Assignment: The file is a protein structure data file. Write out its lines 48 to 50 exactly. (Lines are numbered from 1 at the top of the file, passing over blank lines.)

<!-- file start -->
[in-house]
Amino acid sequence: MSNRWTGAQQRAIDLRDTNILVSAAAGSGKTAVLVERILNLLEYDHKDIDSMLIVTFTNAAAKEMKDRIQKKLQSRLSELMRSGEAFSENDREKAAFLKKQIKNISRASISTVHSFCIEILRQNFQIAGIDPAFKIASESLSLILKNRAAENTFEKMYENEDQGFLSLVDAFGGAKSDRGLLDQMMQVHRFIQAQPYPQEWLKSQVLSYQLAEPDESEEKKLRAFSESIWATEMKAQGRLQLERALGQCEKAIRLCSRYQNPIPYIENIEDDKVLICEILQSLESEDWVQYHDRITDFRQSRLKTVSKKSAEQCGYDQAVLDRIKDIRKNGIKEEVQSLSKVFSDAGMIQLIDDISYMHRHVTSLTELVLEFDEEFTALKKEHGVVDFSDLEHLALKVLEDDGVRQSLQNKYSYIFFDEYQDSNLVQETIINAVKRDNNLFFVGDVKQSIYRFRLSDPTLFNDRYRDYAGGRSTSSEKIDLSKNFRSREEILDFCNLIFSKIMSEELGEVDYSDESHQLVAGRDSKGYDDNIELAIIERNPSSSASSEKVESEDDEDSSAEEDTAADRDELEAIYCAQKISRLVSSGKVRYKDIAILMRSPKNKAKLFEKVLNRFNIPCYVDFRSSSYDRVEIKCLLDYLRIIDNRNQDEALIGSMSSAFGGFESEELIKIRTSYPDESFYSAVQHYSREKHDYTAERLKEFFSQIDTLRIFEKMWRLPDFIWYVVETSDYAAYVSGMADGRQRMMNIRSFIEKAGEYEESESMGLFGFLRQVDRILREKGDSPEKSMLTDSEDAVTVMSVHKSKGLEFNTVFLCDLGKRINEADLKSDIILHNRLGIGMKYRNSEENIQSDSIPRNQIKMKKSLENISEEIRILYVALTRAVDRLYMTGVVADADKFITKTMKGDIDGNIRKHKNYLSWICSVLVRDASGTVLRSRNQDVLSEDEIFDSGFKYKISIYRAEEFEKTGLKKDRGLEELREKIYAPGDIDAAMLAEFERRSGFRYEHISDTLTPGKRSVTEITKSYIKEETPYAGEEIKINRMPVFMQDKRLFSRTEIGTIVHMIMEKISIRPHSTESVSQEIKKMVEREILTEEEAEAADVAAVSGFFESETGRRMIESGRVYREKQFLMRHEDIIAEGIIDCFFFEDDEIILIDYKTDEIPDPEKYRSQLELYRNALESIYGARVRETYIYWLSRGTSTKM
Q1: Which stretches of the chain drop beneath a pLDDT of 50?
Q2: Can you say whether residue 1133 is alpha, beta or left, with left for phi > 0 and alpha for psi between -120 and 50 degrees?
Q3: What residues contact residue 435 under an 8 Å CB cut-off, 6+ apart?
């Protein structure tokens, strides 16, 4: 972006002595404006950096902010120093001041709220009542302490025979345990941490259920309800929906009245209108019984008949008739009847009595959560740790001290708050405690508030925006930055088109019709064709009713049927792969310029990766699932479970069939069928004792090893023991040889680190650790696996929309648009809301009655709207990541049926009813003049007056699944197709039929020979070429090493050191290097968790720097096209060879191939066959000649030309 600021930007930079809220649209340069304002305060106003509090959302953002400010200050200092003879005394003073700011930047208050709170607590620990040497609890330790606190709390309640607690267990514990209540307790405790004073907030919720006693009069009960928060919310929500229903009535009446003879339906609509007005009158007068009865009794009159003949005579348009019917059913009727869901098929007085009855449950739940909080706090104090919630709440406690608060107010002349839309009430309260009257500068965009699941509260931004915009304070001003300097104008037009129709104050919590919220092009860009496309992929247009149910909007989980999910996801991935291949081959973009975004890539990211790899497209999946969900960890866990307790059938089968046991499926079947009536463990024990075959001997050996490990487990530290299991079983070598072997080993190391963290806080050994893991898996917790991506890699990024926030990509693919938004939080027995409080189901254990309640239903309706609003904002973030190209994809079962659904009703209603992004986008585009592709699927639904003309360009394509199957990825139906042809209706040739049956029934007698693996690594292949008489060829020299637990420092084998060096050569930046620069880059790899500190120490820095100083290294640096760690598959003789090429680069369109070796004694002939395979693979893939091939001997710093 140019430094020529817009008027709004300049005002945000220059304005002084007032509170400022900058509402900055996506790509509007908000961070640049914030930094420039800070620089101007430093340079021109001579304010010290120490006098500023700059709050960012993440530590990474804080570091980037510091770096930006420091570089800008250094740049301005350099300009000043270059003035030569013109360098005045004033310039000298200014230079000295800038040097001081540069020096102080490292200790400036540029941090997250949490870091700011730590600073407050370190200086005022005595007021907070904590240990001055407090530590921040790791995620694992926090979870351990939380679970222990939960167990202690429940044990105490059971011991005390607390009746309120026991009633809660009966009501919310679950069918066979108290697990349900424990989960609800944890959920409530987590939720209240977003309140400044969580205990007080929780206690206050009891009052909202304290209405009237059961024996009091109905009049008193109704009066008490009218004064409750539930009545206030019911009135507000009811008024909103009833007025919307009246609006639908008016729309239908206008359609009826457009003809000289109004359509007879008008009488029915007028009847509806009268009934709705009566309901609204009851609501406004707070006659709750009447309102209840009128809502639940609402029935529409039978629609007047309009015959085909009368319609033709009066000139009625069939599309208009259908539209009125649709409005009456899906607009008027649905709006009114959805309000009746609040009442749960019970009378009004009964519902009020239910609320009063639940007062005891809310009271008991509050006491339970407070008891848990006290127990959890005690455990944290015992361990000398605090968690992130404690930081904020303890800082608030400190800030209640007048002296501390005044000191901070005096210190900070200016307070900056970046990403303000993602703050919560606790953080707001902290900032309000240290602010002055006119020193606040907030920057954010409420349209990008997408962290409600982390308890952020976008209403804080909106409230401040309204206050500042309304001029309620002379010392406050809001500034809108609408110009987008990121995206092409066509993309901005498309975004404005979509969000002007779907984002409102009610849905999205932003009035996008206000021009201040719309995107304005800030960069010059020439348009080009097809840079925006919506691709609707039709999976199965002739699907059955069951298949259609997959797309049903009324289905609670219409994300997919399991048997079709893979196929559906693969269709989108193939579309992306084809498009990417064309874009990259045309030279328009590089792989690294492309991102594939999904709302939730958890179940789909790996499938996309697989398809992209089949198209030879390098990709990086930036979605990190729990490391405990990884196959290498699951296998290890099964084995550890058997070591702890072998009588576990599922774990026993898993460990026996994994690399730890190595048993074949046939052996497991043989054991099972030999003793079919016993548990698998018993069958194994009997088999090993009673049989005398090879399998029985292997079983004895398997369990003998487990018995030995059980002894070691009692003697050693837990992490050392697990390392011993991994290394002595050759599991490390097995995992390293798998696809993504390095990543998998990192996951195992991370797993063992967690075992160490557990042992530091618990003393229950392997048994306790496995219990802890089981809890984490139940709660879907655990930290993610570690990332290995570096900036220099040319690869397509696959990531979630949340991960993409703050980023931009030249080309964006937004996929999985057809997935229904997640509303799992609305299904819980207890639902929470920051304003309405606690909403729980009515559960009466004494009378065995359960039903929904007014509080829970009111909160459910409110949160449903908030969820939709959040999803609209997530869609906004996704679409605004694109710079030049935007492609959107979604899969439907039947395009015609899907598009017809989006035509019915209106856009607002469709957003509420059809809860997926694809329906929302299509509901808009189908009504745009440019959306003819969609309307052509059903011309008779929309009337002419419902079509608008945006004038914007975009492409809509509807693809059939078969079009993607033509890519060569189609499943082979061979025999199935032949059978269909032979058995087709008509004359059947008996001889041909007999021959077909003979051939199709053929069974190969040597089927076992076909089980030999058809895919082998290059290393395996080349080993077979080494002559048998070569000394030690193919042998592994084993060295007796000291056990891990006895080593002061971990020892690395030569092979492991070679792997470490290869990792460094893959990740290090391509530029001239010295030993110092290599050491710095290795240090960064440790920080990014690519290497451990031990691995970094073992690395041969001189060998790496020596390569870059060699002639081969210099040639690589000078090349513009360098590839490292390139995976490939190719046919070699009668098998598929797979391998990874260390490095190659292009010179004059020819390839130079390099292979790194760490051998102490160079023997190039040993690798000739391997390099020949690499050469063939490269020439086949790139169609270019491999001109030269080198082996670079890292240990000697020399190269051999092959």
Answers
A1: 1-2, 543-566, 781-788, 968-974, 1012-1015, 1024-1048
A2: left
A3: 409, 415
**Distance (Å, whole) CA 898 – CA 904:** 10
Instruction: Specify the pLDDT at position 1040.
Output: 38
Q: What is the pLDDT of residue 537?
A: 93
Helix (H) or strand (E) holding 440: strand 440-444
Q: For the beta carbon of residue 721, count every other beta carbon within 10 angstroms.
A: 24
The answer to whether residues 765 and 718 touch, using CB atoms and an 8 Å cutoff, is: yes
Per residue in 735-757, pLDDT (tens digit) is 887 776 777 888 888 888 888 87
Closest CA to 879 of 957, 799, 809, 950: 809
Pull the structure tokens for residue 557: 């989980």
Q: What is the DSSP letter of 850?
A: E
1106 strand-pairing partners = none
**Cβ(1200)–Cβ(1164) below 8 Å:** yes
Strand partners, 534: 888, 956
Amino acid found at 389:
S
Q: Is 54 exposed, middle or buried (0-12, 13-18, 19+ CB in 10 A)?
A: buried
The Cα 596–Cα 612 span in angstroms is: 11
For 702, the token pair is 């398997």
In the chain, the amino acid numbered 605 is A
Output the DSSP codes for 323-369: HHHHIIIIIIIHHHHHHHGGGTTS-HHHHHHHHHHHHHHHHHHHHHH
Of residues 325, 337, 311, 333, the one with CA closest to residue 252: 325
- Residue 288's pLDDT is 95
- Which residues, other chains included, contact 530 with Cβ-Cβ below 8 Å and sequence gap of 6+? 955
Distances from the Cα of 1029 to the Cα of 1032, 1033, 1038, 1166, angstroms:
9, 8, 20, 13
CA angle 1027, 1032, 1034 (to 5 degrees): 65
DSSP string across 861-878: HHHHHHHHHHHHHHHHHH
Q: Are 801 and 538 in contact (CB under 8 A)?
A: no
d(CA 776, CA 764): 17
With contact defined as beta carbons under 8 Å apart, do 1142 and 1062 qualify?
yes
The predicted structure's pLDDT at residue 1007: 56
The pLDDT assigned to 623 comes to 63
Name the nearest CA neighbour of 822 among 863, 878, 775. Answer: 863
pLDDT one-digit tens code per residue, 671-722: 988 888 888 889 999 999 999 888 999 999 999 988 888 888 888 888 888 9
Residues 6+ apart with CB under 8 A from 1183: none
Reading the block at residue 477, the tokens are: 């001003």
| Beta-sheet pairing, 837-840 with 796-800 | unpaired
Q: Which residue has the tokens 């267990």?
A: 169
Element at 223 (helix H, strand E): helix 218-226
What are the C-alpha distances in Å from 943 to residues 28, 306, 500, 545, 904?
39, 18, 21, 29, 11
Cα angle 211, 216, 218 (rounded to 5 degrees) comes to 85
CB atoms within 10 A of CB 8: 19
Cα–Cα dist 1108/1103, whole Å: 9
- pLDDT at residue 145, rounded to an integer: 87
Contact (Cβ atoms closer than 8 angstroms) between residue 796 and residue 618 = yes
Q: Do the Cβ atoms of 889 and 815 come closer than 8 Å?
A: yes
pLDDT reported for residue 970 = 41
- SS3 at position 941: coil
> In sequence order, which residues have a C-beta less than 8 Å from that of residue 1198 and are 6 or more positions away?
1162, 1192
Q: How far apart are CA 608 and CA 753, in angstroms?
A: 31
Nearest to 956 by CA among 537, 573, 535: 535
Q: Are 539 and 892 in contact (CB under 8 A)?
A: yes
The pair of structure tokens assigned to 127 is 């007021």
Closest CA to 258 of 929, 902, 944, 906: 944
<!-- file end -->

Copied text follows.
The predicted structure's pLDDT at residue 1007: 56
The pLDDT assigned to 623 comes to 63
Name the nearest CA neighbour of 822 among 863, 878, 775. Answer: 863